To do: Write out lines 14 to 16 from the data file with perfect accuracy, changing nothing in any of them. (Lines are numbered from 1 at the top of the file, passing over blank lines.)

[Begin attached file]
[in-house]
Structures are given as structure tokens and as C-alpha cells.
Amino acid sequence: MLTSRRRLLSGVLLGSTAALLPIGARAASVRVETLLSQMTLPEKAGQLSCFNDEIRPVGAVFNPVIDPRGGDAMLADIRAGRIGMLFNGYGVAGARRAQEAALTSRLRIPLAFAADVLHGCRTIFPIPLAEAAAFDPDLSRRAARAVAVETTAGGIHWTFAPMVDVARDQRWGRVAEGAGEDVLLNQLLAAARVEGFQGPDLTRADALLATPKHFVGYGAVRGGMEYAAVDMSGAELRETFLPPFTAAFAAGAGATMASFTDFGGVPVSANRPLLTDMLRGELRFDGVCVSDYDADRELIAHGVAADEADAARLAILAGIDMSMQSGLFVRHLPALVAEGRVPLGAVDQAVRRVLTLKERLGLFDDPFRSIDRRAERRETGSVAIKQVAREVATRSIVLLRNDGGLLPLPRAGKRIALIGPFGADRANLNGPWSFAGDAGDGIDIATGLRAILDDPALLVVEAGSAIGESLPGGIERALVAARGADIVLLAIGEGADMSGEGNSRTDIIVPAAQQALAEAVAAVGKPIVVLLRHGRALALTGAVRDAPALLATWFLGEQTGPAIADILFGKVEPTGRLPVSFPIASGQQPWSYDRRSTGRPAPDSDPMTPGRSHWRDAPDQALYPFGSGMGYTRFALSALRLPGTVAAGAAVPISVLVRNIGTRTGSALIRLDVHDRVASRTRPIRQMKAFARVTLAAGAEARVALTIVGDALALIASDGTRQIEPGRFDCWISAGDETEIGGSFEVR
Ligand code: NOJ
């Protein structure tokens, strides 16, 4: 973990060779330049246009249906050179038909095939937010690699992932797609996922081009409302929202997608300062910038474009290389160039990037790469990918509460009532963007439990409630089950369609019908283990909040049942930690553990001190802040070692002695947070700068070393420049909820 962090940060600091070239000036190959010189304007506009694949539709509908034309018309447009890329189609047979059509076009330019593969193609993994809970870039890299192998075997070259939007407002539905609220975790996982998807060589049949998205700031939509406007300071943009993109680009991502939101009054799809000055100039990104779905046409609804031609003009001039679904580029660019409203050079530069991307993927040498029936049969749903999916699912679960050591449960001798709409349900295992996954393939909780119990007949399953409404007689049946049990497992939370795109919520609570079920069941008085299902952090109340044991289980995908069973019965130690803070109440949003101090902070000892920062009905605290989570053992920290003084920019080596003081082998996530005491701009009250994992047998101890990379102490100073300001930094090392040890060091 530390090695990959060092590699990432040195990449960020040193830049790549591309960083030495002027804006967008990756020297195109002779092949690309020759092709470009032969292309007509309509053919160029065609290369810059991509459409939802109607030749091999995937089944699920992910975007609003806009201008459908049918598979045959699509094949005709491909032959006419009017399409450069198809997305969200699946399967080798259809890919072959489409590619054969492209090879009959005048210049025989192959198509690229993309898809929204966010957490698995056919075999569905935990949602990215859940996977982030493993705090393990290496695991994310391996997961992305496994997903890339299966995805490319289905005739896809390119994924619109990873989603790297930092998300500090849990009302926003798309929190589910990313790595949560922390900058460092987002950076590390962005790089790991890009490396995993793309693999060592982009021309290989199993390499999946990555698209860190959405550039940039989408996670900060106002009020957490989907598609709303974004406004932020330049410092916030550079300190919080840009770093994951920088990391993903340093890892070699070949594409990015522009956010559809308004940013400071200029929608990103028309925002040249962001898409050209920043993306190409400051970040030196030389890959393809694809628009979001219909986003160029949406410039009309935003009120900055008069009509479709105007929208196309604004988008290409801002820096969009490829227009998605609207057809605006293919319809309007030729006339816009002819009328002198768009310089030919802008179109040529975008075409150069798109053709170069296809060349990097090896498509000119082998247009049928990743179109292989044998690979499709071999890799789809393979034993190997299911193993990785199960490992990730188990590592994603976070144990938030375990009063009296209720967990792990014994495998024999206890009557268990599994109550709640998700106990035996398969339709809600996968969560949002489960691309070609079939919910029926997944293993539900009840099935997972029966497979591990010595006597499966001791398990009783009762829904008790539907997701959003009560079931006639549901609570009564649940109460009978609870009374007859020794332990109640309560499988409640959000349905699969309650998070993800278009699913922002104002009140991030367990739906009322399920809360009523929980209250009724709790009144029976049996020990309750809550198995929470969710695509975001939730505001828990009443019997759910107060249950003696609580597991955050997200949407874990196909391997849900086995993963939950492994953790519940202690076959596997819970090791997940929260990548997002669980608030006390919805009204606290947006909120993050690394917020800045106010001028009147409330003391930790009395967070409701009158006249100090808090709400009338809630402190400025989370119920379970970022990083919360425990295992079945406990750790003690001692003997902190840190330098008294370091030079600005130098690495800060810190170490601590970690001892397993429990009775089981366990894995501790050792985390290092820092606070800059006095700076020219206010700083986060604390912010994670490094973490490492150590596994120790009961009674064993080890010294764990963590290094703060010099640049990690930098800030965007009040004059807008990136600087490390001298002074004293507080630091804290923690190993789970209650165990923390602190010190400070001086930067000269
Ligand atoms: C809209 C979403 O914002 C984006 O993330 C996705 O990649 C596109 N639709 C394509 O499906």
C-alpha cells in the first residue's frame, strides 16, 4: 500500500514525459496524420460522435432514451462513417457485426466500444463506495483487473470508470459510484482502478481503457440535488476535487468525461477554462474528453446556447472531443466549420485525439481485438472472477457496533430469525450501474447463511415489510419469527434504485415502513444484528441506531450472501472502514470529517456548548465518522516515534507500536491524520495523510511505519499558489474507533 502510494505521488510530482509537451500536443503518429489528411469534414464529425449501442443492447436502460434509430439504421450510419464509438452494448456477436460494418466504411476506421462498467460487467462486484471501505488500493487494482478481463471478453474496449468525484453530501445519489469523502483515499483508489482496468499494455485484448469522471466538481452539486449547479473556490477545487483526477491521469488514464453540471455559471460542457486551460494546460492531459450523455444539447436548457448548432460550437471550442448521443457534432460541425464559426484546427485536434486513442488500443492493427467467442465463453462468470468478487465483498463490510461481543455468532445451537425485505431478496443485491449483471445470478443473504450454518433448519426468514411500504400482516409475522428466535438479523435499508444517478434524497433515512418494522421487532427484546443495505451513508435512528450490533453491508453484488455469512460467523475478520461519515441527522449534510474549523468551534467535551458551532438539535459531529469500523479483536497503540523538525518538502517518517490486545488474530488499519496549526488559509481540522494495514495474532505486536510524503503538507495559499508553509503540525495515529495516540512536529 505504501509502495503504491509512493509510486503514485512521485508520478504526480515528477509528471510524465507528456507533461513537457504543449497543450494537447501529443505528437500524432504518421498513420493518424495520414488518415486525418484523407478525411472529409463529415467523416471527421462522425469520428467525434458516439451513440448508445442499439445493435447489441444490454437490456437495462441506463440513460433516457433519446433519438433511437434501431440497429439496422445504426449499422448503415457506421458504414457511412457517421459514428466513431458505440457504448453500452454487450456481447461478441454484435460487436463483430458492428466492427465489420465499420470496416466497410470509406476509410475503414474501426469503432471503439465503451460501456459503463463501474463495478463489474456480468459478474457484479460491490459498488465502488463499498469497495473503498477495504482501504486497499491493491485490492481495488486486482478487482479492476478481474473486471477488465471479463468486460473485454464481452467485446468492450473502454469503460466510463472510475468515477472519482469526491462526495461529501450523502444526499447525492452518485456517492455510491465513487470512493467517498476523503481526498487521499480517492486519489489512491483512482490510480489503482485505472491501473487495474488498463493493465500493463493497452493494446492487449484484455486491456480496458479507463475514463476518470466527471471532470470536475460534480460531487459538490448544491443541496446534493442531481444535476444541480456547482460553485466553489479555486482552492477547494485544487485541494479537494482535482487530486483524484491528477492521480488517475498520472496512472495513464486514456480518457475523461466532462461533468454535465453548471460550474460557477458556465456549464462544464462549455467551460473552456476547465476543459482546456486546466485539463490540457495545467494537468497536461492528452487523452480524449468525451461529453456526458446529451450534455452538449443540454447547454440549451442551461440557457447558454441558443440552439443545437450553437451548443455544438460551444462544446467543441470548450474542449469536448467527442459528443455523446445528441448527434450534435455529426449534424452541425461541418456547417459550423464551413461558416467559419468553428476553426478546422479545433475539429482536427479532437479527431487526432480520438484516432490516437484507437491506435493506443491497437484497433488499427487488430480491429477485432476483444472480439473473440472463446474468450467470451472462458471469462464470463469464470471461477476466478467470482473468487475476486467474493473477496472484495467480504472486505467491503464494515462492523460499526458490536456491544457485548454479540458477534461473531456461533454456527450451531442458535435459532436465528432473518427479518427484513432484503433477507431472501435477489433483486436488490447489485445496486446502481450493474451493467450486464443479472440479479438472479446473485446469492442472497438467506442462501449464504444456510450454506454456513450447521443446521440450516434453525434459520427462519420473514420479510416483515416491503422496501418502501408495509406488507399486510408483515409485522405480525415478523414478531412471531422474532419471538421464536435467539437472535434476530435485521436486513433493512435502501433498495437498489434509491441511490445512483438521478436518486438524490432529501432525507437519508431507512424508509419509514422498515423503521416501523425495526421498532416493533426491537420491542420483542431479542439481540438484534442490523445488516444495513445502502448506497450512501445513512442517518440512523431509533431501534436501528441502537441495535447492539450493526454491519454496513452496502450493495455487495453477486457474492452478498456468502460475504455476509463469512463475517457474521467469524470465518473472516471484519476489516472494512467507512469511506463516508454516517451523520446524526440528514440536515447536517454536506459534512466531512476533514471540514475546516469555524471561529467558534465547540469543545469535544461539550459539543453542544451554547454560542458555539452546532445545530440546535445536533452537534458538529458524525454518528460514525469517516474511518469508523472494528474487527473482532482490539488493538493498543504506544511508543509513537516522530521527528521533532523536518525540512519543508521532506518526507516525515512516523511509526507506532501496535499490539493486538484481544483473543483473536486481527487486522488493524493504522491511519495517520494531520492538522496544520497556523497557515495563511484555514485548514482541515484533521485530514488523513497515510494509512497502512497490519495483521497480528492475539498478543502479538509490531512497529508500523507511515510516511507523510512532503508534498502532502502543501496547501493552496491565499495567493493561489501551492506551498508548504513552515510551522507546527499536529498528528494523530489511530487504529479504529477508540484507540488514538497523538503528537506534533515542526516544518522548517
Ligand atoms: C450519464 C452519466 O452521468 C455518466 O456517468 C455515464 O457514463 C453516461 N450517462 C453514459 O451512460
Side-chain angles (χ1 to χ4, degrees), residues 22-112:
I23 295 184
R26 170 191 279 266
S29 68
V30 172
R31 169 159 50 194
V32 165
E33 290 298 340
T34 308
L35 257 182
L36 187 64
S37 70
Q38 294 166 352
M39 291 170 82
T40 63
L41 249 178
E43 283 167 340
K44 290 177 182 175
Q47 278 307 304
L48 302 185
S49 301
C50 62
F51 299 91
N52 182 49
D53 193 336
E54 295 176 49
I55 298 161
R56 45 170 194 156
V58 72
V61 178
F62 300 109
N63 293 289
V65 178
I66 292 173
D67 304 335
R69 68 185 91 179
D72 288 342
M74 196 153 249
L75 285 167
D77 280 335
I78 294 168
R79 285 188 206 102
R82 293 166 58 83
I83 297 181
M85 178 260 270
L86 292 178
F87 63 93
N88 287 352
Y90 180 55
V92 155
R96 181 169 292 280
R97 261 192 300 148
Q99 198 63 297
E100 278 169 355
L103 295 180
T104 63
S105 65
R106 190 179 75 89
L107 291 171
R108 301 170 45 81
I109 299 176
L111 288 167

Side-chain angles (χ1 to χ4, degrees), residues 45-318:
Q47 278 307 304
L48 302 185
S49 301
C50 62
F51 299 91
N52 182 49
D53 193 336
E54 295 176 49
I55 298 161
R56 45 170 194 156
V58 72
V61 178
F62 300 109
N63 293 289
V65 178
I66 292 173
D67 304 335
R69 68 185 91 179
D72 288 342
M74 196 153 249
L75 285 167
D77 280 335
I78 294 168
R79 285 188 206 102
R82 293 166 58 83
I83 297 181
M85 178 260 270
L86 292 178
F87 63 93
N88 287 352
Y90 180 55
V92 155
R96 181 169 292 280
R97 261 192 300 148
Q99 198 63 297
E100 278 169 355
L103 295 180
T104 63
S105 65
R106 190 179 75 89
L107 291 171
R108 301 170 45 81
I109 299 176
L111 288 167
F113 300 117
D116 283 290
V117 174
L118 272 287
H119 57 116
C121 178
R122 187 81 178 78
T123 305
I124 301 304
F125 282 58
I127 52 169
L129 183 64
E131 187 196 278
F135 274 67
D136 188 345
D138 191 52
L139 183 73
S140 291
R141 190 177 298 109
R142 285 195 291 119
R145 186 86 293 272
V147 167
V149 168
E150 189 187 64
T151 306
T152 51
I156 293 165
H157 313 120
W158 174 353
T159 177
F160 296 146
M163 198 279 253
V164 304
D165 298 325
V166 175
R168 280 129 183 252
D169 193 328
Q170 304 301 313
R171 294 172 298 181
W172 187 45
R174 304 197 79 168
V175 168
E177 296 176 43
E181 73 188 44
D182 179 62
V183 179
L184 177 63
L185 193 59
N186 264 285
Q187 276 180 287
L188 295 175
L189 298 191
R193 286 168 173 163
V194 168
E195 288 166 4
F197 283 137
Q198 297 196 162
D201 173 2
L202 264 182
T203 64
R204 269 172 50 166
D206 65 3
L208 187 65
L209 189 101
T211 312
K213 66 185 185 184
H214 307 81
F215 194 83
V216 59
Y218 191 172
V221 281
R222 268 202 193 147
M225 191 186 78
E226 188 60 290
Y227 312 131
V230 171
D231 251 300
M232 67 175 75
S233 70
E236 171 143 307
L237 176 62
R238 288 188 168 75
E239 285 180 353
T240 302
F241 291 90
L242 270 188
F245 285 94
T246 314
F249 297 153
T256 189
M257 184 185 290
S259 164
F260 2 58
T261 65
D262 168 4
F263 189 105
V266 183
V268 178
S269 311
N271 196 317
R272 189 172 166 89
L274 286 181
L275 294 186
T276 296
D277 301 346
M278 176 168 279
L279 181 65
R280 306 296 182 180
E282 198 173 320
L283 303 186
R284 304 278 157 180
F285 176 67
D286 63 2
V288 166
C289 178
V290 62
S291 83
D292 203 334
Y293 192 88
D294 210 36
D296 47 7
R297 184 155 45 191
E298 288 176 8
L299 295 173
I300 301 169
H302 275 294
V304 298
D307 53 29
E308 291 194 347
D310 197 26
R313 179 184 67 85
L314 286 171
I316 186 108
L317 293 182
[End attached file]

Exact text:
R31 169 159 50 194
V32 165
E33 290 298 340